1982 is when JR Ewing of “Dallas” rules primetime TV, and Michael Jackson is at the top of his game releasing the “Thriller” album. Time magazine awards its Man of the Year (yes, they still had Man of year back then) to a non-human, the computer.

And places like COTS don’t exist. If you hear the term shelter, it’s in reference to the Red Cross or Disaster Relief.

This is a time when teacher’s aides, waitresses, warehouse workers and cashiers can still afford to pay for their rent AND their groceries. It’s a time when the elderly are not forced to choose between buying medication or food. The mentally ill aren’t left to wander the streets without housing or supports.

But 1982 is also a time when the national unemployment rate hovers near 10%, the federal deficit is soaring, interest rates are well above 12% — and everyone is worried about an imminent recession.
1982 is the year when a story from the national news makes its way to Chittenden County. The emerging problem of homelessness in big cities becomes a small-town reality as seven destitute Vermonters begin sleeping on benches in City Hall Park.

An ad hoc committee quickly forms with concerned volunteers from a cross section of the community: Jim Rader from the new Mayor Bernie Sanders office and Sister Lucille Bonvouloir, among others.

This Committee on Temporary Shelter comes together in late summer to organize what became known as the Waystation Project.

They partnered with Sara Holbrook Center to use space there as overnight shelter. And they teamed up with the Vermont National Guard to round up bedding, cots, and other supplies.

On Christmas Eve, 1982, the Waystation Project opened its doors with Mike Cunningham and Sister Lucille Bonvouloir on hand to welcome anyone who needed shelter. Temperatures that Friday night were well below freezing in Burlington.

In those early days, homelessness was still so unexpected and rare that nobody anticipated an ongoing operation beyond winter. The Committee on Temporary Shelter was just that.
Now, imagine, if some of us could travel back to visit with Sister Lucille that first winter and talk with her about what lay ahead.

Maybe we’d take her to lunch at Tortilla Flat or the Oasis Diner.

But how would we convey all the seismic shifts in the economy that would displace and uproot millions of lives year after year? If we could draw a map for Lucille of these past three decades, to help give her a lay of the land, what would be the defining contours? Where would we start?
I think we’d have to warn her that the key intersections across the terrain ahead would be defined by numbers that might seem incomprehensible at first. These are numbers that we all need to keep in mind if we want to understand some of the underlying trends that have shaped our work.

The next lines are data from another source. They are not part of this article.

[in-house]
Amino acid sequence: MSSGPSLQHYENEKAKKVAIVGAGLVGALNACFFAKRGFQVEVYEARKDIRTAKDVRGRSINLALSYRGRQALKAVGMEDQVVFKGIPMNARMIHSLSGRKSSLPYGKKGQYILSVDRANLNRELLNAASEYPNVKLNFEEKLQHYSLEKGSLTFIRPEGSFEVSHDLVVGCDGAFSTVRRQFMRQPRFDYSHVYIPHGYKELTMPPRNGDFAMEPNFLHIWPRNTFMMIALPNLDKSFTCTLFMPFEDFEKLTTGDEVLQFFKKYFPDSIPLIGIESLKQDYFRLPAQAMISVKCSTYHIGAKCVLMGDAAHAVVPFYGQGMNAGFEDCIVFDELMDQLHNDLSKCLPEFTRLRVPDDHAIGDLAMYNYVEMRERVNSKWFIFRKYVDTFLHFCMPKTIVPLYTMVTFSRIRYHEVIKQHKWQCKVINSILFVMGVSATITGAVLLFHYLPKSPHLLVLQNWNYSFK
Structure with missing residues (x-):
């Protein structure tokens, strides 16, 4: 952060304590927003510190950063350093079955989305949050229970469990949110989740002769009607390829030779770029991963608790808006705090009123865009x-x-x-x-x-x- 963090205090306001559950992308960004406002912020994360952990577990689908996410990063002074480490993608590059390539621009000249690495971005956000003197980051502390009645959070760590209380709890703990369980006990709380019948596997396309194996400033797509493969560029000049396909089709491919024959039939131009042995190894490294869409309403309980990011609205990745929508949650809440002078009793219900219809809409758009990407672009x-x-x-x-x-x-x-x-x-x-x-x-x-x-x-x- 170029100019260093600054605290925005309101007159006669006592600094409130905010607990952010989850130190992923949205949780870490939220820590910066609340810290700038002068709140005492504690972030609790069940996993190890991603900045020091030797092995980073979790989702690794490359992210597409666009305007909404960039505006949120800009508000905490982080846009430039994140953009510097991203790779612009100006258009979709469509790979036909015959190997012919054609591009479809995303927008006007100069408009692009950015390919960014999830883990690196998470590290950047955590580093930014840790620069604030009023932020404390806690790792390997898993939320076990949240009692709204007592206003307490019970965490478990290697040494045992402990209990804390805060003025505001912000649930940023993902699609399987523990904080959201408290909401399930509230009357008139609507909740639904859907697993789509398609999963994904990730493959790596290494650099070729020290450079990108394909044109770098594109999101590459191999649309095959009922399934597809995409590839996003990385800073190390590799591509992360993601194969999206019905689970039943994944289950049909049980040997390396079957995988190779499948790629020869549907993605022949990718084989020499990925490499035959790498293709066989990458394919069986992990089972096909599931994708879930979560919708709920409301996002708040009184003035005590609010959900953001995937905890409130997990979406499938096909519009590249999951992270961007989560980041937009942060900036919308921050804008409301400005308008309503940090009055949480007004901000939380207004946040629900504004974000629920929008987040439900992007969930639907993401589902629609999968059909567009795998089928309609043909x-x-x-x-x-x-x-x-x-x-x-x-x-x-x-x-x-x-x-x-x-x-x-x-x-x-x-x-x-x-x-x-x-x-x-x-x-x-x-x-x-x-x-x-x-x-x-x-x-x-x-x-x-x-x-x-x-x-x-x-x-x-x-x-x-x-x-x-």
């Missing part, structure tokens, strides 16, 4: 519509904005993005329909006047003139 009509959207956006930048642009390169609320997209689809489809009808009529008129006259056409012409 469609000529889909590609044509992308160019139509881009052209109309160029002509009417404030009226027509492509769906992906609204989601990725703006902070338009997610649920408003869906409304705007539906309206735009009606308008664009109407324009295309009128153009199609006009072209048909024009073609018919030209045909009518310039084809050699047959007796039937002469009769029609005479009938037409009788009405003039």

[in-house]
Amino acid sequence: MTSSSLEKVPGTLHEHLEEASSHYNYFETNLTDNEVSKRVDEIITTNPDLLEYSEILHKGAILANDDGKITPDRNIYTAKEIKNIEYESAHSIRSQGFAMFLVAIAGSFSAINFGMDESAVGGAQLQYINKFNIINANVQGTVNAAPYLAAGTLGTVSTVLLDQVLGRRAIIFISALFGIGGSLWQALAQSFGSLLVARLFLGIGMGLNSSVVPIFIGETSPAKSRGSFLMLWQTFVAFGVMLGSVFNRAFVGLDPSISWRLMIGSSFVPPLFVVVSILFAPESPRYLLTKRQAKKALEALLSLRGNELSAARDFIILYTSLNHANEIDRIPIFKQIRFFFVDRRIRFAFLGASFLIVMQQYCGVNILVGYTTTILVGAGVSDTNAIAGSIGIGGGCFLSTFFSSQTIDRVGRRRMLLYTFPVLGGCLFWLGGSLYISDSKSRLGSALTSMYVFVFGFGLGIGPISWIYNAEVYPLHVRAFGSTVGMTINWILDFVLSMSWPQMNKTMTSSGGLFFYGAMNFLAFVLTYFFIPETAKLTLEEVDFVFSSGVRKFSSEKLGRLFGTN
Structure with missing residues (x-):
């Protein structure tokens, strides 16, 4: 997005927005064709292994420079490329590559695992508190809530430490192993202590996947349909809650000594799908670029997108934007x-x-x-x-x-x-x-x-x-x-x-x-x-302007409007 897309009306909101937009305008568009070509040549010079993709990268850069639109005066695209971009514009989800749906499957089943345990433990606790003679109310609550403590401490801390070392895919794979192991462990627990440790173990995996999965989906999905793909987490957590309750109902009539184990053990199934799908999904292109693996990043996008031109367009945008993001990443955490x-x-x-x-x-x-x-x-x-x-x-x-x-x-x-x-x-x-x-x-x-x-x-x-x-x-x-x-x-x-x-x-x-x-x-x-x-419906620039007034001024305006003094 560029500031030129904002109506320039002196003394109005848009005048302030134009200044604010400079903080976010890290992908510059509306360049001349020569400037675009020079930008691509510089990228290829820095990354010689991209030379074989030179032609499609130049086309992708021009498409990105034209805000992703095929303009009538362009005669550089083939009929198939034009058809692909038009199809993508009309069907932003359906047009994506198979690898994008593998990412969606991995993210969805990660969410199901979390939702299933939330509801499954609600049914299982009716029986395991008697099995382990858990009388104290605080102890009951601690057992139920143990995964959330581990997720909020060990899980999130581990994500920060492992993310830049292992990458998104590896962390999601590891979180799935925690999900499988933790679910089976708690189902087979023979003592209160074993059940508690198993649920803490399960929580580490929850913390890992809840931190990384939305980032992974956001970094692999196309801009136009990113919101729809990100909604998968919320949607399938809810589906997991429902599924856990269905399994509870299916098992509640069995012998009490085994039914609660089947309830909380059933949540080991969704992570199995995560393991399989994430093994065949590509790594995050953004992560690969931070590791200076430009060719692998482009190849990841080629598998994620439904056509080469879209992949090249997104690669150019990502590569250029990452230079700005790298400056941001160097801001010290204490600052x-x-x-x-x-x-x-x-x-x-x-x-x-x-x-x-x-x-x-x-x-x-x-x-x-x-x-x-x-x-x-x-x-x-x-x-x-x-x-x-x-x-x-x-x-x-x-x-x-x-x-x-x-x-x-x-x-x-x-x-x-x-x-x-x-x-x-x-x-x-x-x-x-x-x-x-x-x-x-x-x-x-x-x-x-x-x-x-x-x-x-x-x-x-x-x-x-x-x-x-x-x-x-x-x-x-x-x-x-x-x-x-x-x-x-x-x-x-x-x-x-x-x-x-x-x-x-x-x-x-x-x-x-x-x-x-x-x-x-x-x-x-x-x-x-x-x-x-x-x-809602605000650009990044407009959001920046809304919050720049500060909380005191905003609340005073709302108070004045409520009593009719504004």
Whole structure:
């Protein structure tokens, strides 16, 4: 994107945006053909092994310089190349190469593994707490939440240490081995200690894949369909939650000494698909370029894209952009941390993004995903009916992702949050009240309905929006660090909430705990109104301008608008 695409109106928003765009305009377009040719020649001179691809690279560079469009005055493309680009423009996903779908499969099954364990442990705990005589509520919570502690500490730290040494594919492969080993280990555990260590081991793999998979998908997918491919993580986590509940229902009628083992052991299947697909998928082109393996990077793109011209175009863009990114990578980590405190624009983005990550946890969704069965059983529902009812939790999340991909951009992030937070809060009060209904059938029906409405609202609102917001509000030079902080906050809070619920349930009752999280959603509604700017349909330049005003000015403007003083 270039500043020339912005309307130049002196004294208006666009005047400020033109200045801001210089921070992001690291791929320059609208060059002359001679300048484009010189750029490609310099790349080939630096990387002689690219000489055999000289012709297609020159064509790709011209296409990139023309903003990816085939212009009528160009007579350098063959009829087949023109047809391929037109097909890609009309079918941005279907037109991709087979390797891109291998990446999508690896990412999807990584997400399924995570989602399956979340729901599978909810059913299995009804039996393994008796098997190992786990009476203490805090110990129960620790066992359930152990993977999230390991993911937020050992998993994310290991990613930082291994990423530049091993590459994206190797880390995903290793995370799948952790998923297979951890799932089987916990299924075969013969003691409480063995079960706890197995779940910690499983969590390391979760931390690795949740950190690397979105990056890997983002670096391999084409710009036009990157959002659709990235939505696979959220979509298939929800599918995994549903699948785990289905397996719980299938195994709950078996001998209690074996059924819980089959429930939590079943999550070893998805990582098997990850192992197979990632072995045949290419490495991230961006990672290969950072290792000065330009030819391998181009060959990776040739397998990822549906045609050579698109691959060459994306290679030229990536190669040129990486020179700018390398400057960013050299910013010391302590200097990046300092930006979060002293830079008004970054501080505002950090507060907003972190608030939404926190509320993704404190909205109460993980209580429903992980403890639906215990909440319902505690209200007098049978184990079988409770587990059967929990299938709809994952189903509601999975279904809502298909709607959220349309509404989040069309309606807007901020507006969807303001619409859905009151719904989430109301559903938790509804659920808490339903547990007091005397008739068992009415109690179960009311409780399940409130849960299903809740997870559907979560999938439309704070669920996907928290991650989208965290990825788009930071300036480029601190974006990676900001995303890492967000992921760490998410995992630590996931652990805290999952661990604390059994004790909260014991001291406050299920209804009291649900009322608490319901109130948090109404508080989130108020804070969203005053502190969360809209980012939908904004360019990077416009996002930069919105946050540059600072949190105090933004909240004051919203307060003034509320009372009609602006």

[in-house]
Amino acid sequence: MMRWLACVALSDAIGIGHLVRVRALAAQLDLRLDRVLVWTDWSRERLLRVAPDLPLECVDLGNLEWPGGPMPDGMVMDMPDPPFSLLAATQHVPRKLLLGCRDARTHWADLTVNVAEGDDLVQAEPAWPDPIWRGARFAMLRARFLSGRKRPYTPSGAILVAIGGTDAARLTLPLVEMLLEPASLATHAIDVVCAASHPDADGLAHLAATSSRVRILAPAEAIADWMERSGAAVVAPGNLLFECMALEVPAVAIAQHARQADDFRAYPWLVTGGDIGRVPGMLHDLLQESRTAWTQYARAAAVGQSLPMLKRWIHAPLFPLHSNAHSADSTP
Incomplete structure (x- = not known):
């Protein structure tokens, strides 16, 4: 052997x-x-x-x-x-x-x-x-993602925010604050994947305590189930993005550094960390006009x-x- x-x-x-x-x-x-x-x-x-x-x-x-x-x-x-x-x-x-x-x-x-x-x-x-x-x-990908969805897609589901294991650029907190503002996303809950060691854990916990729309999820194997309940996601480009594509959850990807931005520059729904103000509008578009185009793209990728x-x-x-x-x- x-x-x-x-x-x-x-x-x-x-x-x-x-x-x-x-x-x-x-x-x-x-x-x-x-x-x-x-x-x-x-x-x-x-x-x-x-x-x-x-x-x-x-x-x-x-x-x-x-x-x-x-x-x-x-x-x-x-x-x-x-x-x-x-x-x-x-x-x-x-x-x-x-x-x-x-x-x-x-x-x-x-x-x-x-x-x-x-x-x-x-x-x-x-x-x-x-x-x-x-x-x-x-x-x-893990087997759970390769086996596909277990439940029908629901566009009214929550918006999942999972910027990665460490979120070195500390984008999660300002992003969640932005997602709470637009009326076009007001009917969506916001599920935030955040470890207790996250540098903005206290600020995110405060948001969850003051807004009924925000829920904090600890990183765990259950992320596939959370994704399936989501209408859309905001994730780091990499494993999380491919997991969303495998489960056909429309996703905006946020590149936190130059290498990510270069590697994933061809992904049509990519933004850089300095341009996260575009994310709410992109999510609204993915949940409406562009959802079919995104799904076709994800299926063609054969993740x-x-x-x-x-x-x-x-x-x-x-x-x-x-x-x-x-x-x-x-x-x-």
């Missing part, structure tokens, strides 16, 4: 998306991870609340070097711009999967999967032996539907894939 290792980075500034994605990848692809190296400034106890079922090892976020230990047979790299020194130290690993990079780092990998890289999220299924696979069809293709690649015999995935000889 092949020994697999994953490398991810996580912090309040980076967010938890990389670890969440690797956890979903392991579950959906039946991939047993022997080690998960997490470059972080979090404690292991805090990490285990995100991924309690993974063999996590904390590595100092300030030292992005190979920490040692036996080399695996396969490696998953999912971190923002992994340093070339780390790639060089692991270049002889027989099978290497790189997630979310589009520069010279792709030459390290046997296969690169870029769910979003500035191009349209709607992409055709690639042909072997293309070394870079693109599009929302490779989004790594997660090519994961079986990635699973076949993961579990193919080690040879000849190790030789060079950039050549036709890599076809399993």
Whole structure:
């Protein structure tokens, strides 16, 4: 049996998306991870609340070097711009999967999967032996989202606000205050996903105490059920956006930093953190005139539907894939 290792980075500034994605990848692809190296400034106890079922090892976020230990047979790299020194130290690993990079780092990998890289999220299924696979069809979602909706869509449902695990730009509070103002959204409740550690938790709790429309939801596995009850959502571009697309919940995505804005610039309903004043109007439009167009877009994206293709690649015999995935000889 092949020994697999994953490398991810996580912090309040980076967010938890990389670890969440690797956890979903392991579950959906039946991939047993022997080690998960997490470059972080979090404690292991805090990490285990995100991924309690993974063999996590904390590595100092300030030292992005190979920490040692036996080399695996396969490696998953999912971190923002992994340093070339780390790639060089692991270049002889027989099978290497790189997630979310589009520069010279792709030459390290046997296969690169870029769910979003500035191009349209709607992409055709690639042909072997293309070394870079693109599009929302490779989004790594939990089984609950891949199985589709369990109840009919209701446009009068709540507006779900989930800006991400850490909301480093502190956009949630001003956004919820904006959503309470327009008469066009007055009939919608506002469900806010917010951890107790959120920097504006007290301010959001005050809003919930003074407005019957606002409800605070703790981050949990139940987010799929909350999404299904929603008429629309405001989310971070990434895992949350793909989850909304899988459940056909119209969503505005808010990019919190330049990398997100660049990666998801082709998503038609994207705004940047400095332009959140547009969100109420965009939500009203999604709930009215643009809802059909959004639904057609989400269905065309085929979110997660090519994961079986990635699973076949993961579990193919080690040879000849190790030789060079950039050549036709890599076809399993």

Numbers like these:

• Between 1980 and 1999, millions of high-paying jobs were eliminated or moved out of this country. During that period, the 500 largest U.S. corporations tripled their profits. Sadly, those 500 companies also eliminated 5 million American jobs at the same time.

• During the 1980s, more than a half million units of housing were lost every year to condo conversion, arson and demolition. By 1995, the supply of affordable stock plummeted, and there was a shortage nationally of 4.4 million housing units. In Vermont, the shortage is now anywhere from 8,000 to 12,000 units depending which forecast you read.

• Average wages were consistently flat or falling through the ‘80s and ‘90s. In 2000, a groundbreaking national study (“Out of Reach” by Cushing Dolbeare, 1999) showed that nowhere in the United States, not in one single jurisdiction, could a full-time low wage worker afford the fair market rent.

• Not surprisingly, the number of families paying more than half their income for rent between 1999 and 2005 increased by 76% — from 2.4 million to 4. 2 million households in just five years.

• Right at the midpoint of that decade, the U.S. Census reported that median household income fell for the fifth year in a row despite continued economic growth and productivity gains. At that time, 63% of families living below the poverty line had at least one full-time worker. And that was before the Recession.

It’s not hard to imagine Sister Lucille’s face growing more stunned with each statistic. We’d probably interrupt our stream of numbers to reassure her that COTS quickly evolved to focus on housing and homeless prevention. I’m fairly certain that she’d want the rest of the data. So, we’d plow ahead letting her know that:

• CEOs had a rosy time for three decades. In 1980, their compensation was 40 times the average worker and rose to 270 times the average by 2012 (The New Yorker – “Open Season” by James Surowiecki, Oct. 21, 2013). Meanwhile, workers at the bottom of the wage scale have only seen their incomes increase by 7% since 1973 (The New York Times – “Our Economic Pickle,” Jan. 12, 2013)